Alternative Roots

Alternative Roots

Project Description

Environmental Imperative

The United Nations estimates global population has increased by over 1 billion since 2005 and will near 9.8 billion by 2050 [1]. The demand that we place on agricultural products rises in parallel. We rely on the agricultural sector to provide not only food, but also fuels, shelter and fabrics. In turn, the agricultural sector relies on the application of synthetic fertilisers to maintain crop productivity. Nitrogen, phosphate and potassium (NPK) based fertilisers provide crops with essential macronutrients required for growth. NPK consumption is predicted to increase to 201.7 million tonnes by the end of 2020 [2].

NPK fertilisers significantly increase the yield of crops such as maize, wheat and potatoes [3] but they also play a large role in climate change. Nitrogenous fertilisers are produced using the Haber-Bosch process. This process is energy intensive, requiring 600 kg of natural gas to produce 1000 kg of ammonium, and resulting in the release of 670 million tonnes of CO2 per annum [4].

Fertiliser application has also been shown to have a negative long-term impact on soil health. Synthetic fertilisers cause soil pH to decrease, degrading soil crumbs and resulting in compact soils with reduced water drainage and air circulation; both have negative impacts on plant-root health [5]. Meanwhile, the accumulation of fertiliser run-off leads to eutrophication in water courses. Eutrophication impacts water quality and allows algal blooms to form, affecting biodiversity through toxin production and promotion of a hypoxic environment [6,7]. This reduces the availability of clean drinking water with additional costs incurred to process water for drinking.


A plant’s demand for resources long predates the era of fertilisers, this demand has led to co-evolution of symbiotic relationships between plants and microbes. The legume-rhizobia symbiosis is one of the most well-known of these interactions. These bacteria are able to colonise the roots of plants such as peas where they fix atmospheric nitrogen. This nitrogen is then readily available for the plant to access [8].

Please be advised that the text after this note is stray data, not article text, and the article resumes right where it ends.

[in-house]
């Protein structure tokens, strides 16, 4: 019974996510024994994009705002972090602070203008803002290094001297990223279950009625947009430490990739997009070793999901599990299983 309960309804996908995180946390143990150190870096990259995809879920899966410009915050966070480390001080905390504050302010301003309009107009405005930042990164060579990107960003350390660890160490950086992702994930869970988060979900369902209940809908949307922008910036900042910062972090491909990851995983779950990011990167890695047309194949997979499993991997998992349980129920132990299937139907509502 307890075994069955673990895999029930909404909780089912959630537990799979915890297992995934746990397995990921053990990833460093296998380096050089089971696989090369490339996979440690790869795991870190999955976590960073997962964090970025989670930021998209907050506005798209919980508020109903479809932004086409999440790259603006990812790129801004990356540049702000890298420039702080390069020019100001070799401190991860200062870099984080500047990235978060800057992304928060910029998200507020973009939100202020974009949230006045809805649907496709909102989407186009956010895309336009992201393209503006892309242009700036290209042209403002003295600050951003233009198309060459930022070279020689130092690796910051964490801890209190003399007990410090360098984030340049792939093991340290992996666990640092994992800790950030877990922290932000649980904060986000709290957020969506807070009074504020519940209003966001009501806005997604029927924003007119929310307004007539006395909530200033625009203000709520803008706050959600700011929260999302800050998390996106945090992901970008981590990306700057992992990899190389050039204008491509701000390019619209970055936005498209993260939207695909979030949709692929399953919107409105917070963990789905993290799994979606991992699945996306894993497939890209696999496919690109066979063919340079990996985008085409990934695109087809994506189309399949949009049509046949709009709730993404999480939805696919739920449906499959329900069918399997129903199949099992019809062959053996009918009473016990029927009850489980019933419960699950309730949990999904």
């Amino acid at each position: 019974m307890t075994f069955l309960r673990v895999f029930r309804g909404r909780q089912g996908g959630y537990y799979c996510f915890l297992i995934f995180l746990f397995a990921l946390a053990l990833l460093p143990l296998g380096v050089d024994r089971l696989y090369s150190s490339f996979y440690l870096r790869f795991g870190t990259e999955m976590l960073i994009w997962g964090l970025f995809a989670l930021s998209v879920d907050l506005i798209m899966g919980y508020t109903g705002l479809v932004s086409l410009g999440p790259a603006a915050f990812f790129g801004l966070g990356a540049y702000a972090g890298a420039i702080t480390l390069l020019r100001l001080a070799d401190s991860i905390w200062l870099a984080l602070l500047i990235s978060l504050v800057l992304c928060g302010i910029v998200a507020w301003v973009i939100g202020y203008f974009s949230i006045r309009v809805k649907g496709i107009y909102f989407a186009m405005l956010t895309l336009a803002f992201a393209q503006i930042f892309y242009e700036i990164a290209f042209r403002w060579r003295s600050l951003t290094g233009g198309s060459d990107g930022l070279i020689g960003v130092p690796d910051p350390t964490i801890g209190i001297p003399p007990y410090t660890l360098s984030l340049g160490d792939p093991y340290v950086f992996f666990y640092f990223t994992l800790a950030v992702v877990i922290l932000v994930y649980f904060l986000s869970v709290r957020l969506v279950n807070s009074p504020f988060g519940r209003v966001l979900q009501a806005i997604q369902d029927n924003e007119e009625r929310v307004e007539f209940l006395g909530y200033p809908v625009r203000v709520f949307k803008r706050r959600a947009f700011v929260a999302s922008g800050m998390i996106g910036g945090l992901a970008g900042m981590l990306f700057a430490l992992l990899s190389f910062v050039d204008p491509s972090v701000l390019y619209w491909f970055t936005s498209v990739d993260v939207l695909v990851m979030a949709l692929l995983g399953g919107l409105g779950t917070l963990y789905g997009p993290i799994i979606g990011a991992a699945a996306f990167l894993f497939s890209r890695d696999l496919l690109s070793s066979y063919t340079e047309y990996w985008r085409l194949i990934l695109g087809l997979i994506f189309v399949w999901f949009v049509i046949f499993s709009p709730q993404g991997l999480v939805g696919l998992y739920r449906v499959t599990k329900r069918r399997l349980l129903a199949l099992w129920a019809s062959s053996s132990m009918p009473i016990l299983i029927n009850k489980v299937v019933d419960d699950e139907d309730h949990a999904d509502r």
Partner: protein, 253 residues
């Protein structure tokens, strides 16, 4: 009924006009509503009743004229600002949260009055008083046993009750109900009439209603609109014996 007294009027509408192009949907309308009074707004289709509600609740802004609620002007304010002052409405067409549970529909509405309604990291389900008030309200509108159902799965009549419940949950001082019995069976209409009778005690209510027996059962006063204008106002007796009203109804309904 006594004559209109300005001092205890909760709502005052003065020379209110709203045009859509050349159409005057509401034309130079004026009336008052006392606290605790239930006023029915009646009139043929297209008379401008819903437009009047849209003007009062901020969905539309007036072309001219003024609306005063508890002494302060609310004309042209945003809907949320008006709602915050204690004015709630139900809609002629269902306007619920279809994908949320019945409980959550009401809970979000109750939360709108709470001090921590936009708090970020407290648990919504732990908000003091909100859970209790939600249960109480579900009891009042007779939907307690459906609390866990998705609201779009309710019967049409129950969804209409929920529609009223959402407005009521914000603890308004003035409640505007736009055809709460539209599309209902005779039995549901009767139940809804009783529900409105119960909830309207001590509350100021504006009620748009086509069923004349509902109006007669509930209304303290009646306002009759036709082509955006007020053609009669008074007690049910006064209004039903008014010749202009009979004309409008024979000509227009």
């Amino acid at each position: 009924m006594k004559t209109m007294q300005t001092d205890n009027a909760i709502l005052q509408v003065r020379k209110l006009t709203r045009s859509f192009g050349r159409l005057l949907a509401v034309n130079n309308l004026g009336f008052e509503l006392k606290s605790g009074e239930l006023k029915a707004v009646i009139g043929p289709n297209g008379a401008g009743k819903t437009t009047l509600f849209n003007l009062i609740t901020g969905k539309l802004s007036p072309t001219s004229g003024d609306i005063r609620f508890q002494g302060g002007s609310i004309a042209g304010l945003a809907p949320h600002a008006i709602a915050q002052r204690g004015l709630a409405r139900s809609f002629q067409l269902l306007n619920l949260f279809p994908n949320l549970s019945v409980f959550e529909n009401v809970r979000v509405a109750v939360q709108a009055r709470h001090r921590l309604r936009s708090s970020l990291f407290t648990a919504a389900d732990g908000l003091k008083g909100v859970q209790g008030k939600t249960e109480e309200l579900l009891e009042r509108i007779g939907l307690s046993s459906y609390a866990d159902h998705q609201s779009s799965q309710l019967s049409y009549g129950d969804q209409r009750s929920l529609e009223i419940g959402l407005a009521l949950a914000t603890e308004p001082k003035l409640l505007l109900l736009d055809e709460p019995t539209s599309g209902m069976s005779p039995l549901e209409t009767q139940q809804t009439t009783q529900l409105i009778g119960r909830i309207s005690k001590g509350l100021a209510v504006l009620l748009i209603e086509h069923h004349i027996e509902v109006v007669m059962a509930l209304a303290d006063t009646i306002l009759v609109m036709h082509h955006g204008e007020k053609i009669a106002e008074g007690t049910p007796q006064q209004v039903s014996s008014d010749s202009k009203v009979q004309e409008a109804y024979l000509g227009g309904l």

Figure 1. Rhizobia spp. colonising the root of broad bean plant in Northumberland, UK. Photo credit: Dr Thomas Howard

However, it is not just bacteria that plants have evolved these beneficial relationships with. Mycorrhizal fungi  are capable of producing  intricate hyphal networks throughout the root system that enhance the plant’s ability to access nutrients and water [9].

Figure 2. Glomites rhyniensis hyphae growing through the root cortex of Aglophyton major [10]

Plant interactions with soil micro-organisms are nature’s wide-ranging alternative to chemical fertilisers. These natural symbioses date back over 400 million years to the Devonian era, where fossil records show evidence that even the earliest land plants had relationships with fungal endophytes [10]. 

Engineering of these symbioses, to open access to crop plants, is a promising solution to aid in mitigating NPK fertiliser dependence. While there have been many attempts to engineer nitrogen fixation into the crop itself, the concept of engineering symbioses themselves is a relatively untouched area. Here we propose an alternative route to reach this goal. Rather than engineering the plant or nitrogen-fixing symbiosis directly, we instead put forward the idea to develop a novel endophytic bacterial chassis to act as a mediator between these beneficial bacteria and the plant roots.

A New Chassis

This project investigated Pseudomonas sp. (CT 364) due to evidence that members of this genus are capable of colonising plant roots [11]. Pseudomonas are Gram-negative bacteria with a diverse metabolism [12] that enables the reported colonisation of a broad range of plant roots. Because of this, several Pseudomonas species have been proposed as natural plant growth promoters due to their capacity to produce siderophores which are able to liberate iron [13] and phosphorus [14]. The genus has also been implicated with the production of anti-fungal chemicals [15] and nematode repellents [16].

Considering these benefits, Alternative Roots investigated whether it would be possible to develop Pseudomonas sp. as the first synthetic biology ready endophytic bacterium.

Urban Farming

In addition to examining the synthetic biology of this proposal we have also examined potential deployment options. Examination of urban agricultural production led us to concepts such as urban farming and contained agriculture. These offer benefits to this proposal as they offer a route to containing any GMOs, as well as many other advantages:

  • Producing locally-grown, fresh produce all year round.
  • Reducing the carbon footprint of crop production due to reduced food millage.
  • No agricultural run-off.
  • Limited need for pesticides and fertilisers.
  • Safer crops as there is less risk of contamination.
  • Reduced spoilage because of shorter transportation times and reduced handling.